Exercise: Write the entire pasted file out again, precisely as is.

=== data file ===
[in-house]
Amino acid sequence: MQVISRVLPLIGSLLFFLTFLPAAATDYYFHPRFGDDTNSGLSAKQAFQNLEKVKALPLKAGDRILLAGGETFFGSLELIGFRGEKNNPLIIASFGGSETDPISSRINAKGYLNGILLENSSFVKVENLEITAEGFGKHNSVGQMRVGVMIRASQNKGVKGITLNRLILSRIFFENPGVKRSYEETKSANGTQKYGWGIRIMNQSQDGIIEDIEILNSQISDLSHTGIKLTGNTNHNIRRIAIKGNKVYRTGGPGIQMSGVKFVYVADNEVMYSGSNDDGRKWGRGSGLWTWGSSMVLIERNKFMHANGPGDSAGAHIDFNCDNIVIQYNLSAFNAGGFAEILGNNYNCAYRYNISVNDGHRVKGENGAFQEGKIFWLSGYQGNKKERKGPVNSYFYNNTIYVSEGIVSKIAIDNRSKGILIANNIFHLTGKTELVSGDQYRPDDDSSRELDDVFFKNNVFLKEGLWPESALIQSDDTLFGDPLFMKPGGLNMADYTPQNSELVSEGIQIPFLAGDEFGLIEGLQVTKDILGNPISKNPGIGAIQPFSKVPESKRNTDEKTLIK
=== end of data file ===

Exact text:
[in-house]
Amino acid sequence: MQVISRVLPLIGSLLFFLTFLPAAATDYYFHPRFGDDTNSGLSAKQAFQNLEKVKALPLKAGDRILLAGGETFFGSLELIGFRGEKNNPLIIASFGGSETDPISSRINAKGYLNGILLENSSFVKVENLEITAEGFGKHNSVGQMRVGVMIRASQNKGVKGITLNRLILSRIFFENPGVKRSYEETKSANGTQKYGWGIRIMNQSQDGIIEDIEILNSQISDLSHTGIKLTGNTNHNIRRIAIKGNKVYRTGGPGIQMSGVKFVYVADNEVMYSGSNDDGRKWGRGSGLWTWGSSMVLIERNKFMHANGPGDSAGAHIDFNCDNIVIQYNLSAFNAGGFAEILGNNYNCAYRYNISVNDGHRVKGENGAFQEGKIFWLSGYQGNKKERKGPVNSYFYNNTIYVSEGIVSKIAIDNRSKGILIANNIFHLTGKTELVSGDQYRPDDDSSRELDDVFFKNNVFLKEGLWPESALIQSDDTLFGDPLFMKPGGLNMADYTPQNSELVSEGIQIPFLAGDEFGLIEGLQVTKDILGNPISKNPGIGAIQPFSKVPESKRNTDEKTLIK